Currently PledgeMusic has 62 total employees spread all over the world.

11 Responses

  1. Henry Chatfield

    Love their model and am definitely looking forward to seeing where the company goes in the next few years.

  2. Londonmusicmapp

    This model really works for both fans and bands, there is so much more to an album than just buying it off Amazon.
    God knows the music industry needs this kind of creative thinking

  3. TuneHunter

    What a desperate times in which we live!

    Let’s stop subscription and advertising cents on the dollar and start 3000 years old SALES.
    Internet and digital music are perfect for SALES and 100B industry by 2020 should be our goal.

  4. biggest difference

    I think the biggest thing that makes Pledge different from the other guys is that you have to apply and be accepted to use their system. They only accept artists who have the right prerequisites to ensure a successful campaign.

    The cool part about working with bands that already have a following and some success is that Pledge can afford to give them each special attention – as the payback on time spent is virtually guaranteed. i.e. the model works.

    I guess the downside (if there is one) is that the vast majority of the readers of this blog post won’t be accepted by Pledge and allowed into the system. In a sense, Pledge is one of the new gatekeepers in the industry.

    • GGG

      Yea, was gonna say something similar to this. Pledge will actually help you out in some ways and gives a shit about your campaign, unlike other sites where you sign up and are on your own.

    • Benji Rogers

      Thanks for the comment.
      Re most bands not being accepted I’d like to point out that it’s not so much that we refuse anyone. We just tell them honestly if what they are trying to achieve is possible. For example every band may want a $50,000 recording budget. (Who wouldn’t!) But if you look at how many people the band or artist can actually reach with their existing fan base and do even the simplest of maths on it you’ll see that the chances of success at this level are extriemly small.
      So rather than a flat out “no” we say – based on your email, facebook and twitter we estimate that you can hit a goal or a pre-sale # of “x” would you like to proceed? Or would you like to use our datacapture widgets to see if you can get more people on your email list before the campaign launches.

      We have allot of data which shows us what we think is achievable for our artists and so we share an honest assessment. Artists can and do argue with us, and there are sometimes circumstances which will alter our position, but at heart our projects teams are tasked with making projects work.

      These campaigns are amazing when they work but heartbreaking when they fail.
      So it’s rarely a “no” but it’s more like a “not now” or an adjustment of expectation. It’s a question of asking the artist – would you rather shoot for a goal of 50,000 and fail or shoot for a goal of 10,000 and exceed it? What’s the least you need to make the project happen? Can we start there and go over the top. Remember that once the goal is hit it keeps going until release. Not until an arbitrary time frame is over.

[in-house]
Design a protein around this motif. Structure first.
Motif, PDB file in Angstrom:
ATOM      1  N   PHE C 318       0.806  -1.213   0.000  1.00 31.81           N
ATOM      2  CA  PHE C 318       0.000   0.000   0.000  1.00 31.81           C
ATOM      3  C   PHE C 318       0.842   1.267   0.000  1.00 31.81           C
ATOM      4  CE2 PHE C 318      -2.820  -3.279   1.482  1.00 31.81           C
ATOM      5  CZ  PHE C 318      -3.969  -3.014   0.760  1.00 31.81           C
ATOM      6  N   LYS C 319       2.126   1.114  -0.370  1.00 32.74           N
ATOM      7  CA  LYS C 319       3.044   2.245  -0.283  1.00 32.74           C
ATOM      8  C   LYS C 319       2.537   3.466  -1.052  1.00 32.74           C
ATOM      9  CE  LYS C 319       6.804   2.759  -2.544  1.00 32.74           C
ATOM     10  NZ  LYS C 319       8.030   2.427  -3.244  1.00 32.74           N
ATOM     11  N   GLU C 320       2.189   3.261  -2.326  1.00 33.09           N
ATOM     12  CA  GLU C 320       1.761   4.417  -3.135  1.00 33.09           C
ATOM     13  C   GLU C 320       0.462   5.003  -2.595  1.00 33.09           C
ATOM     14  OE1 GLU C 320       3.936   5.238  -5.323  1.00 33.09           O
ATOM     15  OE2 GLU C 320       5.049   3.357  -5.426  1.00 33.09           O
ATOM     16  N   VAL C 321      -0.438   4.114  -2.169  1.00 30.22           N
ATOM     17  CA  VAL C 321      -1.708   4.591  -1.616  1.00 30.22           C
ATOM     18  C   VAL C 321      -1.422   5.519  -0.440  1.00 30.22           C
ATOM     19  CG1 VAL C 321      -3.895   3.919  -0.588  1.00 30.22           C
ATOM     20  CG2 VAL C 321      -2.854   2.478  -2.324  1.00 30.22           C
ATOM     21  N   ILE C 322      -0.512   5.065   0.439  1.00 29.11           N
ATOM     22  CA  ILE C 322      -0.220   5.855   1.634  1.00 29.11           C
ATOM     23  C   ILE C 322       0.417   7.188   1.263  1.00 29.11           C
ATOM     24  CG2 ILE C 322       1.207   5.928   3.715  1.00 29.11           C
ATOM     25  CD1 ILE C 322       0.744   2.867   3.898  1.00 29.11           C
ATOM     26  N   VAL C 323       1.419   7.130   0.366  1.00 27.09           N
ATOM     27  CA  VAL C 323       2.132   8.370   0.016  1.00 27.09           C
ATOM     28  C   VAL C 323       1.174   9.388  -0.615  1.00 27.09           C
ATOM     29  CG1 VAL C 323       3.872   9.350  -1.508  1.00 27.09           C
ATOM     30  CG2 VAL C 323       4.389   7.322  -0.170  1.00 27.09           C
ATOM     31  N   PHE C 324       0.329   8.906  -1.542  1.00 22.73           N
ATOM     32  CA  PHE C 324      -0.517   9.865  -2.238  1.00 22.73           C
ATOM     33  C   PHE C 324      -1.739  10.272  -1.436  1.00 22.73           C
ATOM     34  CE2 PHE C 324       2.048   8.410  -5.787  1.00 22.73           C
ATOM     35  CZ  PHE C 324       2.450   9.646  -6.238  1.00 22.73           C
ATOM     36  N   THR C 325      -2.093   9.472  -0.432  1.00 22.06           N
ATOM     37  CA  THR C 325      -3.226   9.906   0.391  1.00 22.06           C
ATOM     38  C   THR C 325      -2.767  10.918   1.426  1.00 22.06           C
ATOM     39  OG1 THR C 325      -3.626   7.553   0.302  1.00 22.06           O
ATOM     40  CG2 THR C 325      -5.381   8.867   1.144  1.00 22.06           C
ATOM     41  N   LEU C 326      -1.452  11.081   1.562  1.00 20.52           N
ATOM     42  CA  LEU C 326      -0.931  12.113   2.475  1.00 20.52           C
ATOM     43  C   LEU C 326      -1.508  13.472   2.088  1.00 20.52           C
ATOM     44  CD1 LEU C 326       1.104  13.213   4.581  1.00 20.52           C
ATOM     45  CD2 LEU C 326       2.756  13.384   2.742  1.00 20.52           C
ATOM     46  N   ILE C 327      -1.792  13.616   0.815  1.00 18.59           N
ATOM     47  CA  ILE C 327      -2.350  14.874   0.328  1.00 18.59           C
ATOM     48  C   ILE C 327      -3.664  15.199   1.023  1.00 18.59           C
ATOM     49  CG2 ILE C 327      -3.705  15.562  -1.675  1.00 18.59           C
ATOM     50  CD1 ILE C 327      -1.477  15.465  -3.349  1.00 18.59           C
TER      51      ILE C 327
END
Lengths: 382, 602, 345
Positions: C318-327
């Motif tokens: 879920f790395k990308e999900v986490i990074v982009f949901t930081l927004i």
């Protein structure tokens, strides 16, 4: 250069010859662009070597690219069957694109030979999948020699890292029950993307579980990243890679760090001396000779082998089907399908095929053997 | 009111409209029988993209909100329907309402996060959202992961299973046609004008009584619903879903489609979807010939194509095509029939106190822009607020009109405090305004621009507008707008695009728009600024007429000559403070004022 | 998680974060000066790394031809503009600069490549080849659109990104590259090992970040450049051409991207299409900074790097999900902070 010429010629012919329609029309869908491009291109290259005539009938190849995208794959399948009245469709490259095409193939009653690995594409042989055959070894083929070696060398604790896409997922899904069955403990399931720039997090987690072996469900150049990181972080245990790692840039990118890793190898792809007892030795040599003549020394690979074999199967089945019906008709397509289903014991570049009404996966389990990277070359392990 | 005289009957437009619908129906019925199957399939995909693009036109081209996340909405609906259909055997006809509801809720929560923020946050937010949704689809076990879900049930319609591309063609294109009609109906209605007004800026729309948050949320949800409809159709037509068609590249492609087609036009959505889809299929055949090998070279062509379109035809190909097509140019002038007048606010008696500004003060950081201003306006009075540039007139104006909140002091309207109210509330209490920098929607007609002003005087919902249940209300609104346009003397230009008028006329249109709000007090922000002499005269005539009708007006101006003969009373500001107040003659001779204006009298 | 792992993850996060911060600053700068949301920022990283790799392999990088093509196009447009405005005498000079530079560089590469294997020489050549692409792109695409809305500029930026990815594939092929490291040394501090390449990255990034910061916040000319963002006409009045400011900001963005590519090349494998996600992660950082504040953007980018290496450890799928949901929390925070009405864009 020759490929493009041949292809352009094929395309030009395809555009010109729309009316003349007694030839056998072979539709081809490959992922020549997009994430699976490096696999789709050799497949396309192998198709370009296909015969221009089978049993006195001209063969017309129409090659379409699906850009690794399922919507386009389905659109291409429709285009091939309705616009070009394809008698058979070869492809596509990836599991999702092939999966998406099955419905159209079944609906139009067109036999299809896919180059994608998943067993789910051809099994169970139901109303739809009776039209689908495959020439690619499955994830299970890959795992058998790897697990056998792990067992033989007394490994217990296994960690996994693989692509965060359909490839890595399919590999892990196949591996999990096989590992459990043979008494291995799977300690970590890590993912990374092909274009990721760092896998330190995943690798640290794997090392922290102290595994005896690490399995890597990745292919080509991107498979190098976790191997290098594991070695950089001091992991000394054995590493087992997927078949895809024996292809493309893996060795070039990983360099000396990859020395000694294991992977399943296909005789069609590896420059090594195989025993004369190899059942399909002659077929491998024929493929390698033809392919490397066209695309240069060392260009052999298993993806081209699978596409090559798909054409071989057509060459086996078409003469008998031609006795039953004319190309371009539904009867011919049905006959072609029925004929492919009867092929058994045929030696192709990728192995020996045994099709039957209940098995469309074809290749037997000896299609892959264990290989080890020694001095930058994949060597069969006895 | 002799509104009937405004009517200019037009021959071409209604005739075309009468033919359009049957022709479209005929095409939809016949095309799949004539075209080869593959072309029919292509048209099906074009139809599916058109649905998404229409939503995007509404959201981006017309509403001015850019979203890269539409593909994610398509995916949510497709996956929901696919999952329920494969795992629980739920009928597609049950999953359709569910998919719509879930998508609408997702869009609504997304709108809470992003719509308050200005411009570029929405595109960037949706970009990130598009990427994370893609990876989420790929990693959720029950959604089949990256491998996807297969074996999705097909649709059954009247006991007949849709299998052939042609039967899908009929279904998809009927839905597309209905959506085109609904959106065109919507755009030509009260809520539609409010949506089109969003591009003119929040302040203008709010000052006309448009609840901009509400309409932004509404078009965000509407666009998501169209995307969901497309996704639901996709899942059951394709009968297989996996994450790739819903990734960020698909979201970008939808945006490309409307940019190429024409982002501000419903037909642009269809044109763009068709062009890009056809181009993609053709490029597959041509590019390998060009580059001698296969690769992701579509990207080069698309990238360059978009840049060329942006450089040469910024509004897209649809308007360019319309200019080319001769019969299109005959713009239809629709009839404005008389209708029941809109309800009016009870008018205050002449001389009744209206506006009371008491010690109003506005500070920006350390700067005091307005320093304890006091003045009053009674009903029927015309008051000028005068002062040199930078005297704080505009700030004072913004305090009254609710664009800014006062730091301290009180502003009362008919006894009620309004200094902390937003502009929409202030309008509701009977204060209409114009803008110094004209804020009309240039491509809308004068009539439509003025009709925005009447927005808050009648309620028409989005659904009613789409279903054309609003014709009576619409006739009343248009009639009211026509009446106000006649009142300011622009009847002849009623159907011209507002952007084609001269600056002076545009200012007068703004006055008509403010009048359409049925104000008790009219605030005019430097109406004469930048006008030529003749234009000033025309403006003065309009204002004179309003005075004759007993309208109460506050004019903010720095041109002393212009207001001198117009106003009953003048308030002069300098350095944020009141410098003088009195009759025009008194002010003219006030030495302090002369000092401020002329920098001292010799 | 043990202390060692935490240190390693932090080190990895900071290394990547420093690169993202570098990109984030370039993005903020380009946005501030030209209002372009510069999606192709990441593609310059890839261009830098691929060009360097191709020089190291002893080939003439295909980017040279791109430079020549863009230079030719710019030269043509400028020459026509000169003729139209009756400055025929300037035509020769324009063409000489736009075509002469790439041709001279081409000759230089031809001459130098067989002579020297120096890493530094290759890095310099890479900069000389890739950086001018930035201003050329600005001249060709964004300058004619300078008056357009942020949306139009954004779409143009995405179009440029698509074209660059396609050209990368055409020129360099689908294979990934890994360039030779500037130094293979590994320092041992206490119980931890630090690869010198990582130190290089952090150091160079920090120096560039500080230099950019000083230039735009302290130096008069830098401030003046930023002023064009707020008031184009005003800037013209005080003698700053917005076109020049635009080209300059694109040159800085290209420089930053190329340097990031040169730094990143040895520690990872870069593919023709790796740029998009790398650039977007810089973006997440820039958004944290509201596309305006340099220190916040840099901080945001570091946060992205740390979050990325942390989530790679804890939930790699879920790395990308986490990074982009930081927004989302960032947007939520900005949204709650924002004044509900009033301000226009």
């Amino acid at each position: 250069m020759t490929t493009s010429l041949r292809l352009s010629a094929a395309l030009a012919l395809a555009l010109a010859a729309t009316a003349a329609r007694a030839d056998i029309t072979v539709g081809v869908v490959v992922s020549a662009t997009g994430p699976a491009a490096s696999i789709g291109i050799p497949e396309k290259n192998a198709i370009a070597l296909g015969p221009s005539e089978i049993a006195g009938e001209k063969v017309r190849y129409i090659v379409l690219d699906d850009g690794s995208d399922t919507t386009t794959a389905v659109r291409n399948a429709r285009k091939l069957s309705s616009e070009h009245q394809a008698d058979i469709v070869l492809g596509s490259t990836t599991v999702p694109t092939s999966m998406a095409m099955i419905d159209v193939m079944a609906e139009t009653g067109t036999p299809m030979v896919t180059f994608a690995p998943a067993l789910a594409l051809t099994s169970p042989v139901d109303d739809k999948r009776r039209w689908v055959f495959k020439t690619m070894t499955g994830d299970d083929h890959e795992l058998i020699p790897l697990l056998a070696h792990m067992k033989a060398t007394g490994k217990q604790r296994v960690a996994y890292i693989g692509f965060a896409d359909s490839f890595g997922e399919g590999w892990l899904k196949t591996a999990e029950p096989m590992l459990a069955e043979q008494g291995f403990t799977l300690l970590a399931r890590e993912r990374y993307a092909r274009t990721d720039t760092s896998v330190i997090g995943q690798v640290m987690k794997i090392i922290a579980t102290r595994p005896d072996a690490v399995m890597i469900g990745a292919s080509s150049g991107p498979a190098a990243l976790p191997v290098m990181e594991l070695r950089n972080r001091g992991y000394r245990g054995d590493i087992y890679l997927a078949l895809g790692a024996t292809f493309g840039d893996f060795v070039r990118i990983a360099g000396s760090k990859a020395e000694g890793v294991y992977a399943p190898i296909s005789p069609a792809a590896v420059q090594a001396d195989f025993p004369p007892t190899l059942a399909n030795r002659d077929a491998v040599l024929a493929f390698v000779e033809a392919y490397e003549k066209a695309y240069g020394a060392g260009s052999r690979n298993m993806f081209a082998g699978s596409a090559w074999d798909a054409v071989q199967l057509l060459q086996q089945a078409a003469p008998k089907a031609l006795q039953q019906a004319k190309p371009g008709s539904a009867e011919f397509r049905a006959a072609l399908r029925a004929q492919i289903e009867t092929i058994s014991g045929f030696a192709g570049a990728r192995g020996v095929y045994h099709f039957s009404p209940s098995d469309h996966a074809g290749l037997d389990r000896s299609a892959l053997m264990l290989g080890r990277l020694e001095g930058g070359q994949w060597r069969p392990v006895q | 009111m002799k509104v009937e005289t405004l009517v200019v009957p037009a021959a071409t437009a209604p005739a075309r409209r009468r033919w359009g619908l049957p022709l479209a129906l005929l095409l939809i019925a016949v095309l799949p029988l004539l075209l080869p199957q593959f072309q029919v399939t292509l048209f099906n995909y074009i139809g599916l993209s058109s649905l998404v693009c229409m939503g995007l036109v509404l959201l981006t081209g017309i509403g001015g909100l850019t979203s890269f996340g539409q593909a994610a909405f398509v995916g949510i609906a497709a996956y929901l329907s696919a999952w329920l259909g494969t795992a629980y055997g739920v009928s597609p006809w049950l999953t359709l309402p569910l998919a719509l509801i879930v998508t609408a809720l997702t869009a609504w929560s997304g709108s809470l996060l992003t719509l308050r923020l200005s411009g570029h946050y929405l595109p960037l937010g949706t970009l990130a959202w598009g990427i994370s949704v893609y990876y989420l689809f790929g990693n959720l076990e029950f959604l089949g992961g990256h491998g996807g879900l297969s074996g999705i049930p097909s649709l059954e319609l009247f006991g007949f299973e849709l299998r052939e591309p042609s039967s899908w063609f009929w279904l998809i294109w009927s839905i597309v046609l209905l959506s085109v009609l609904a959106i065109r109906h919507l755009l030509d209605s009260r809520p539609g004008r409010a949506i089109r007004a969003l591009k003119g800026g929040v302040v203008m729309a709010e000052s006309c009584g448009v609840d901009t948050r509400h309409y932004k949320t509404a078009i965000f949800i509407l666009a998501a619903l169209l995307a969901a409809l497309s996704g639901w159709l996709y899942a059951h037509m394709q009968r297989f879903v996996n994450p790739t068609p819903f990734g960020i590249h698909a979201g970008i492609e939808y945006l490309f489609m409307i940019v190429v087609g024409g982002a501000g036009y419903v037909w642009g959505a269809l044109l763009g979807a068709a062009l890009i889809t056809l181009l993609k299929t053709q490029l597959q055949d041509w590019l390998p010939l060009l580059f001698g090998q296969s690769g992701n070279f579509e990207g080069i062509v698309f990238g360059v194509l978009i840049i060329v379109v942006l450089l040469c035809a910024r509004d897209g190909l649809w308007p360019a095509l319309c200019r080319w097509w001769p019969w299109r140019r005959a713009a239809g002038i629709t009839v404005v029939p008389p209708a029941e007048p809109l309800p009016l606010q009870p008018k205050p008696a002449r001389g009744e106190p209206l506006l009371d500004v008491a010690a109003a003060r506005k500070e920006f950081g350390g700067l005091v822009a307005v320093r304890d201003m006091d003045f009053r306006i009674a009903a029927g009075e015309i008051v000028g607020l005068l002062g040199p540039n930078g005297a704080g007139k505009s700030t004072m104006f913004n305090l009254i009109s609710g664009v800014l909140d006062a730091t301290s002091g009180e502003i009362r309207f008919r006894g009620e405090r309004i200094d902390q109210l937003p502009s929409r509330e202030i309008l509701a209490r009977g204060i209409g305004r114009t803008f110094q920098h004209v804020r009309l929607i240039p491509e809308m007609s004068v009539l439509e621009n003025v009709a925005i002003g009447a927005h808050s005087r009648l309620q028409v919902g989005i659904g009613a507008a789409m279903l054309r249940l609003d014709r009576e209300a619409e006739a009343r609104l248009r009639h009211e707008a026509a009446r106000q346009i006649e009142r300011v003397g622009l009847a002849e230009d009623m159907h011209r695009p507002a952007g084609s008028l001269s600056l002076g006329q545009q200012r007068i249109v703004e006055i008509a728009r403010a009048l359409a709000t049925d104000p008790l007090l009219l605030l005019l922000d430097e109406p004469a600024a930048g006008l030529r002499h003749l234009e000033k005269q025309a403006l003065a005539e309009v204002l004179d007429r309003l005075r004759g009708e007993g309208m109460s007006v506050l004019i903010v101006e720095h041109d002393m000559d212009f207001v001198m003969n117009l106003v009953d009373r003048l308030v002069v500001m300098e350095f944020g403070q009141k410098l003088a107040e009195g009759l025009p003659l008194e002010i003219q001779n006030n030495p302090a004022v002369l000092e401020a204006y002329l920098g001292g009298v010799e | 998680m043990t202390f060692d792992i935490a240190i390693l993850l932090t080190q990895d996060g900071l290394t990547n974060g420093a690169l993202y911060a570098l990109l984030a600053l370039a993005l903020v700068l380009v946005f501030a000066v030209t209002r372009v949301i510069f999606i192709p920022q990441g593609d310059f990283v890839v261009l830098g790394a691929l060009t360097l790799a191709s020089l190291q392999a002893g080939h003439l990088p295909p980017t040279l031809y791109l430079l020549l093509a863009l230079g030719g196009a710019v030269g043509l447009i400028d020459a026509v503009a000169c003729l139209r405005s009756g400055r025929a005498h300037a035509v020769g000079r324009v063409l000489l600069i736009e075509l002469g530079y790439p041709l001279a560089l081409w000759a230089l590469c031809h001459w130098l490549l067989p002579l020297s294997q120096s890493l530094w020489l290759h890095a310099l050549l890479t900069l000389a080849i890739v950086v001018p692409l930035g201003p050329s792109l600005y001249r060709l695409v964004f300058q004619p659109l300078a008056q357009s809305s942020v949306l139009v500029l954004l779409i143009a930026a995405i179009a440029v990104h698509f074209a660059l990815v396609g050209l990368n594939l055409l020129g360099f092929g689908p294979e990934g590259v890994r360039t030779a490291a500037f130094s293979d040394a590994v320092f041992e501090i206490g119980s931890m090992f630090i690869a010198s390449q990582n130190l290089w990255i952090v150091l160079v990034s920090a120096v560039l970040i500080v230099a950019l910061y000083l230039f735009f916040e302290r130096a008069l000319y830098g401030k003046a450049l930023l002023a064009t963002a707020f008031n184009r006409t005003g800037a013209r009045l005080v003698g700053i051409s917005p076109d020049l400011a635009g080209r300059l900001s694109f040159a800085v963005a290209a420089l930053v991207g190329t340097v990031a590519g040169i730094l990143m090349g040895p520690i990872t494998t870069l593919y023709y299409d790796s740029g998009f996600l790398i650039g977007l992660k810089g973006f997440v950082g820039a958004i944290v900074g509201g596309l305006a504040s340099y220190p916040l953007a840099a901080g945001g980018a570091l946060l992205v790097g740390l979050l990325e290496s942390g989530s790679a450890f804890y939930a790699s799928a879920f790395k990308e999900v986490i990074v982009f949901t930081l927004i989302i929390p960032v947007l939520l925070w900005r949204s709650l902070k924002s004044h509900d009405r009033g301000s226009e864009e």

It’s a process but it’s one that we are committed to make work for all involved.


      • biggest difference

        Interesting. So it sounds like Pledge will accept ANY band, so long as their expectations are appropriate?

        Benji, please clarify. Will you work with a band that is trying to raise as little as $500 to do something, so long as they are likely to be able to hit that mark with their social media and email reach?

        I didn’t know that, and have many bands to send to your service if this is the case. If that is not the case, I’d like to know exactly what Pledge’s minimum band criteria are so that we all know where you guys are drawing the line today. I don’t want to waste any bands’ time if they have no hope of being accepted by you.

        • Benji Rogers

          Hey there.
          Yes we fit all shapes and sizes. Drop an email and we can discuss.
          Benji at PledgeMusic dot com. Cheers b

  5. Begatz

    Great article! I think the charity piece is so important, especially in an industry that is fast losing its soul (at least at the major labels). Mad props to Benji and Pledge for actually employing a Charity Outreach Specialist to purposely connect artists with the causes that their music naturally may support…

  6. duinemor

    Made a purchase from Pledge ages ago. Followed it up a couple of months ago and was told it would come in a few days. It hasn’t come and they no longer reply to follow-up enquiries. Have they gone bust or is the whole this just a … ?

  7. Carol

    Interesting concept. Seems very sensible and savvy. Question: what if your band has been around for decades and wants to reignite interest, i.e., a special anniversary release and reconnecting with alumni and faithful fans? Seems to me SM demos are on the young side (with exception for in-the-know grandmothers tapping into their grandkids’ virtual childhood on Fb, etc.); would Pledge be a good place to reintroduce, reconnect and perhaps rejuvenate a career? You are working with current fan base, yes? How might it help create awareness with new audiences? Very curious to know if this would be an option in this instance. Thanks.